“They’re skills that sometime between the age of six and twelve, a lot of black girls learned,” Montgomery said. “But there’s a secret society of us that never got the memo. Now, if you missed that memo, here’s how you can make up the time.”
Naza launched these boxes on Tuesday and sold out in less than 24 hours, but more will be available in the coming weeks. They are currently available for pre-order on Naza’s site.
“These will continue post-pandemic,” she said. “The curation of products was sort of fast-tracked. This would’ve been maybe eight months to a year down the line. Something that has been really exciting in the grand scheme of things is how differently founders are forced to look at the product roadmap. What is appropriate for right now versus what we thought would be appropriate for right now.”
Montgomery recognizes that some people may see haircare as self-indulgent, especially during a time when people are dying. But self-care, she says, is one of the ways people can get through these times.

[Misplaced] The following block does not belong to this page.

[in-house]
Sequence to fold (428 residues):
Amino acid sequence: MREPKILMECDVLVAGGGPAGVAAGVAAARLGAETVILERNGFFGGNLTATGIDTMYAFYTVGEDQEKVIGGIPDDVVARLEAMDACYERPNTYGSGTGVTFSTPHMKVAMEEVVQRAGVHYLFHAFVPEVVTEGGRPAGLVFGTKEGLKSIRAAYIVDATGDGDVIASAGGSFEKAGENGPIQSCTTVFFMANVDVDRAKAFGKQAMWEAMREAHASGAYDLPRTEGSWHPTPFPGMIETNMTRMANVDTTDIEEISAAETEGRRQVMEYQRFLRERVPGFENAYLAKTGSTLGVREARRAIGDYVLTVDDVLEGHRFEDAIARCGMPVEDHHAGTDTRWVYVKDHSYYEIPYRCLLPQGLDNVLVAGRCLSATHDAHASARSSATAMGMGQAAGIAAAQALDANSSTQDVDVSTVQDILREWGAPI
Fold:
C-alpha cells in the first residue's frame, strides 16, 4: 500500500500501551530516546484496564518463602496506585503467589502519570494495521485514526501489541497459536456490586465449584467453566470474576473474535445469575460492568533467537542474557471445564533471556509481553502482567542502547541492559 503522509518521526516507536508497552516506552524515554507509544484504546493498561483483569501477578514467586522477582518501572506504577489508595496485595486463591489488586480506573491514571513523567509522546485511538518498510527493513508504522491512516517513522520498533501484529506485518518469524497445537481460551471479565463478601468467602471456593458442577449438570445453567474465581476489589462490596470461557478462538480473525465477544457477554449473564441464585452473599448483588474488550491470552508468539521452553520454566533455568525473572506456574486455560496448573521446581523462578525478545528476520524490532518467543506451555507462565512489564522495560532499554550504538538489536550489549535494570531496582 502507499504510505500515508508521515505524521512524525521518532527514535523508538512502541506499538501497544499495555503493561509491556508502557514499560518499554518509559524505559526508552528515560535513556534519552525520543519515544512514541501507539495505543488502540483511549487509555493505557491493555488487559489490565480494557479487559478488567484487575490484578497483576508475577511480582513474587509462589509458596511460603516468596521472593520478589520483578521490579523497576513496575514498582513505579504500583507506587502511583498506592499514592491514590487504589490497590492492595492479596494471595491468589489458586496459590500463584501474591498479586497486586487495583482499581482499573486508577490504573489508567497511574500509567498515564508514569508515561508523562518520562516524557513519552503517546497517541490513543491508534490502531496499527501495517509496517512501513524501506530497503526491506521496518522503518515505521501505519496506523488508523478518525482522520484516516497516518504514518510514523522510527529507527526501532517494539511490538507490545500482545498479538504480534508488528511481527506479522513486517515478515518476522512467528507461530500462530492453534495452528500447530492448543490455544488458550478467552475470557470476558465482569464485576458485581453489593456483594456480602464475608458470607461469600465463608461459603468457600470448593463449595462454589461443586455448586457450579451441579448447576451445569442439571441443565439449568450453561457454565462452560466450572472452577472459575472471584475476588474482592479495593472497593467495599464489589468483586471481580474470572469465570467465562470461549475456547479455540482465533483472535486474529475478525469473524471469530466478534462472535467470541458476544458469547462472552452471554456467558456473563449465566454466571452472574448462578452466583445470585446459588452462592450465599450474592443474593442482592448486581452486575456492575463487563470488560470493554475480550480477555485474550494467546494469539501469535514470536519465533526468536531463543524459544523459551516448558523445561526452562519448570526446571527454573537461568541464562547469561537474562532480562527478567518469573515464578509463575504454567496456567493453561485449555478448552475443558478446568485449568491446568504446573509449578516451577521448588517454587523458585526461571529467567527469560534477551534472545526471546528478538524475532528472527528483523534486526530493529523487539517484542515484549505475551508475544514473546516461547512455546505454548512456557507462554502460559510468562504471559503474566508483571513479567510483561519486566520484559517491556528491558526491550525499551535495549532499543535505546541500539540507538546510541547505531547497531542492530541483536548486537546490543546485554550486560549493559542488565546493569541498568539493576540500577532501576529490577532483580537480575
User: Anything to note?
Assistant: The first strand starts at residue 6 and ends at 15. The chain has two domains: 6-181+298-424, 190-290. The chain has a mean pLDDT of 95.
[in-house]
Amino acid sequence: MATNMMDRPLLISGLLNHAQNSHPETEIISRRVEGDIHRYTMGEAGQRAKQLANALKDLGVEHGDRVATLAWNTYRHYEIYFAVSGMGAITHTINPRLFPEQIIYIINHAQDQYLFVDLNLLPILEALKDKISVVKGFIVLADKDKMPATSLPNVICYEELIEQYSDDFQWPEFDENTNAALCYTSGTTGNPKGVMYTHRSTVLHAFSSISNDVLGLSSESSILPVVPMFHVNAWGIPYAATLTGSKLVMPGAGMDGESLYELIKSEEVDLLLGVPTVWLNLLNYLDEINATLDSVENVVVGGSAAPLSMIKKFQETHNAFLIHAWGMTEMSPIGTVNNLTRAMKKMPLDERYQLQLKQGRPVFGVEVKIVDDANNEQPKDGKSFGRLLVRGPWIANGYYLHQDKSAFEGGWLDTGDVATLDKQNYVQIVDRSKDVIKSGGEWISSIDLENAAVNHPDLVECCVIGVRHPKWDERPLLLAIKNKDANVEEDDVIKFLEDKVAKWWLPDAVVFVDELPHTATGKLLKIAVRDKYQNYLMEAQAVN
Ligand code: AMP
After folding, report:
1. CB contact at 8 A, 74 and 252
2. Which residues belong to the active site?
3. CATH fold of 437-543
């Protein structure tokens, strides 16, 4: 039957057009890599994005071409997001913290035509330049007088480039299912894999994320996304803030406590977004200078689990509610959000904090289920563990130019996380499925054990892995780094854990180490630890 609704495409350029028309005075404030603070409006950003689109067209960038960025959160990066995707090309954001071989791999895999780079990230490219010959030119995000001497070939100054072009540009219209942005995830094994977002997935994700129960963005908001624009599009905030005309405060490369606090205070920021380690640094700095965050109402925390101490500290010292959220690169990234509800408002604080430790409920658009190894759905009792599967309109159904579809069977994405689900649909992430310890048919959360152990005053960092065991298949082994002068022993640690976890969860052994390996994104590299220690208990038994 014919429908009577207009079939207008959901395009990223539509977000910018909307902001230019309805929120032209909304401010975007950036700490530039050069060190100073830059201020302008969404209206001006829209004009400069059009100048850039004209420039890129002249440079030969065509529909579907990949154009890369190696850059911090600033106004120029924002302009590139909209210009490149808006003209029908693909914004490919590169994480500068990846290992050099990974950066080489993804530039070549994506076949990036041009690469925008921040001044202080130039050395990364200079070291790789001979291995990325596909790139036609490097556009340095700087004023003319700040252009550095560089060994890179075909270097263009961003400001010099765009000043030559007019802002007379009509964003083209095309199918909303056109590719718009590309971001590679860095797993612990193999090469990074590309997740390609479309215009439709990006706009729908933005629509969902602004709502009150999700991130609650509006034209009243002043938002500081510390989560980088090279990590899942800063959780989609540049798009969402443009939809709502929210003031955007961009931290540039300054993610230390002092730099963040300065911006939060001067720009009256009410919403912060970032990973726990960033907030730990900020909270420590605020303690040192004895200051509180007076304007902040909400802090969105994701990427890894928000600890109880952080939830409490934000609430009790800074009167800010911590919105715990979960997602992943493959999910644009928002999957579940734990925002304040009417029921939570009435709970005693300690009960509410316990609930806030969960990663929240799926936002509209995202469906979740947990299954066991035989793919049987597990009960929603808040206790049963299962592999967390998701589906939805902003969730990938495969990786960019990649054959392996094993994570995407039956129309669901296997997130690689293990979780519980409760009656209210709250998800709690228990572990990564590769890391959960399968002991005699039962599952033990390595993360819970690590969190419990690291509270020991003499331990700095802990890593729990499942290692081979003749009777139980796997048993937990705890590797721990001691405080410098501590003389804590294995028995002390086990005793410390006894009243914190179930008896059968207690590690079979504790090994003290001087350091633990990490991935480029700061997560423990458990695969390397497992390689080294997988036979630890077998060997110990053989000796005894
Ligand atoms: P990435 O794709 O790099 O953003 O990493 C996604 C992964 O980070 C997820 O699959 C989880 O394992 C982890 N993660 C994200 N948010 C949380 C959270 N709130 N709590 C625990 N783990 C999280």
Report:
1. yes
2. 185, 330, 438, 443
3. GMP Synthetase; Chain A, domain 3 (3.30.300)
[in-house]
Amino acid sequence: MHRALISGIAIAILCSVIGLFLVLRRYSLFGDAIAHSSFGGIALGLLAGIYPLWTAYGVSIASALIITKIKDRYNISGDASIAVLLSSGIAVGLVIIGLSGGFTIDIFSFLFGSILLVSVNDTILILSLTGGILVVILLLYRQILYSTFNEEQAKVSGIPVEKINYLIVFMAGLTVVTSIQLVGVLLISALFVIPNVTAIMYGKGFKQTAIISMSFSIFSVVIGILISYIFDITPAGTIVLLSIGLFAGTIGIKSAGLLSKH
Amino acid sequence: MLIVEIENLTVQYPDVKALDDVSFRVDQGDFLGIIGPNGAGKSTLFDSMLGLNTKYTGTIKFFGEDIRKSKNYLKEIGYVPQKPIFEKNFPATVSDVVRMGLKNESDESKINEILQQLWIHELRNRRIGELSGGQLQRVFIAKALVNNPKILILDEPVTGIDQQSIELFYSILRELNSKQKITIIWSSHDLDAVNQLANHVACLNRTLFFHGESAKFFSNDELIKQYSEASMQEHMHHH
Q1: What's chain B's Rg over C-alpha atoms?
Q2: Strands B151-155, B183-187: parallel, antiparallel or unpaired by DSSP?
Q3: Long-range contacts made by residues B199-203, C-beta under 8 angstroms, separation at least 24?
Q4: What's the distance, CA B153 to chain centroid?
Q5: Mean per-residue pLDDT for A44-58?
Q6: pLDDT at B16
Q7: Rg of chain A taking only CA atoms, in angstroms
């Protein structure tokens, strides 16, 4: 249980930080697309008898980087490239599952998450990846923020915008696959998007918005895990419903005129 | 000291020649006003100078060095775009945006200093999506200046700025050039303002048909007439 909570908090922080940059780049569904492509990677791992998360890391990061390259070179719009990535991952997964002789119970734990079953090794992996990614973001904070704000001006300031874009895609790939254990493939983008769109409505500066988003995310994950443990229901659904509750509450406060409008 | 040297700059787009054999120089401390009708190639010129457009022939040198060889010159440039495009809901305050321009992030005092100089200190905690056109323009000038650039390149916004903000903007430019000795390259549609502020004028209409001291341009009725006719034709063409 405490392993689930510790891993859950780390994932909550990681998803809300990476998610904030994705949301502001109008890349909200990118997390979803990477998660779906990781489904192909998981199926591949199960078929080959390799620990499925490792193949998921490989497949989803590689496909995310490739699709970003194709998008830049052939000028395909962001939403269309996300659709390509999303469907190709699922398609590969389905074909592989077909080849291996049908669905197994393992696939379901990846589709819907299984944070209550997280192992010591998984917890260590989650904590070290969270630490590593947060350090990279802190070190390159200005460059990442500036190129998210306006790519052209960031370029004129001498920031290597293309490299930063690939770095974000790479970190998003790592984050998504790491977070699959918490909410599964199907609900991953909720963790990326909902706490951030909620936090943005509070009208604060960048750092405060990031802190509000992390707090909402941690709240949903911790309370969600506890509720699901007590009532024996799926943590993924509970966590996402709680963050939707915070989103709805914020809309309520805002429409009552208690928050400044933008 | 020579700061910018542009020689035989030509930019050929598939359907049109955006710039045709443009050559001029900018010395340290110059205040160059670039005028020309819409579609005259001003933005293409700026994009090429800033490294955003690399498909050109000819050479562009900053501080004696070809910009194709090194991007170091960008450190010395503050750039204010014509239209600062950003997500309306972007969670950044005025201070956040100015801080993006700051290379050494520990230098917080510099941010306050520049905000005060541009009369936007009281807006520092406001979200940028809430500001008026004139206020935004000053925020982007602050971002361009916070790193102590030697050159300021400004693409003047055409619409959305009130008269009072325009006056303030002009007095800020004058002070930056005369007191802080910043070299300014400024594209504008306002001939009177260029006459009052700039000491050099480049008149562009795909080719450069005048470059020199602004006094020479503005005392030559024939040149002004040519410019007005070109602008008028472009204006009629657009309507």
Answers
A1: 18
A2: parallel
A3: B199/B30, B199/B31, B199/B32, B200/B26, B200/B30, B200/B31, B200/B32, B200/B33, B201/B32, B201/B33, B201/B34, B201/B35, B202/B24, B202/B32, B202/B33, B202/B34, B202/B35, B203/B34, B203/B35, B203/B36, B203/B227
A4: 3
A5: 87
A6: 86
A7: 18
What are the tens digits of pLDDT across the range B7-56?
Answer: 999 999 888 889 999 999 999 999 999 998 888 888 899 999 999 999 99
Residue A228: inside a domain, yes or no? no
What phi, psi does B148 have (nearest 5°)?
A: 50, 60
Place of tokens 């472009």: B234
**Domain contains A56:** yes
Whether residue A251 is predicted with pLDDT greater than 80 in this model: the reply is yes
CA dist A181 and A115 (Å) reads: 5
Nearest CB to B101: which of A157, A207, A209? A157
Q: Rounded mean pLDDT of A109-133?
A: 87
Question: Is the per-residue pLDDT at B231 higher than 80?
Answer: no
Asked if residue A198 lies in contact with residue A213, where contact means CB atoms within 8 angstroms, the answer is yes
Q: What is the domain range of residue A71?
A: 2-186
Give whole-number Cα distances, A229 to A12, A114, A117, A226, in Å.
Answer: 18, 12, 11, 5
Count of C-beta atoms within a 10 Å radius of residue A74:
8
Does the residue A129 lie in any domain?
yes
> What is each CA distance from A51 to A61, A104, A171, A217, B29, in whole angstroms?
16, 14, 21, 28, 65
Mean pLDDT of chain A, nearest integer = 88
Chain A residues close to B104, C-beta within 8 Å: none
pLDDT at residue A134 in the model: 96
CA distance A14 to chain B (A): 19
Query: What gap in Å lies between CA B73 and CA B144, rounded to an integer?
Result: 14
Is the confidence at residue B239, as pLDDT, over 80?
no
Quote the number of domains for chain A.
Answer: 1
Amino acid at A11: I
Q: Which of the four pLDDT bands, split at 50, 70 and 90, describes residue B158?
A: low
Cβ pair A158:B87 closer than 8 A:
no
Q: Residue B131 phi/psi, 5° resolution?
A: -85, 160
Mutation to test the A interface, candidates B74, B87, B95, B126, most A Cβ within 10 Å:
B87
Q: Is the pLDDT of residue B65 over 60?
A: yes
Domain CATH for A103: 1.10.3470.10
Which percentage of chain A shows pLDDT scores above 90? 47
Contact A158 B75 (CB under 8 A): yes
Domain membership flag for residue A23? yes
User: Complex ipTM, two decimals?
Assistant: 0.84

“Thinking through how the majority of our customers are black and brown women and how they’re being disproportionately affected — whether that be by layoffs or by the actual virus itself,” she said. “There’s a lot going on in life and also mentally, so we’re thinking through how we can act as a place of support and a little joy.”
Beyond the pandemic, Montgomery feels optimistic about the long-term success of Naza. For one, it raised $1 million in capital from Initialized Capital earlier this year. Secondly, the style boxes are doing well “has given us space,” she said.
“We are in a position that is different from small businesses in that we have a little bit of runway to be able to pay our people and ensure there is still a business standing afterward,” she said.
One of the newer companies attempting to join the rarified group of private space launch startups actually flying payloads to orbit has redirected its entire UK-based manufacturing capacity towards COVID-19 response. Skyrora, which is based in Edinburgh, Scotland, is answering the call of the UK government and the NHS to manufacturers to do what they can to provide much-needed healthcare equipment for frontline responders amid the coronavirus crisis.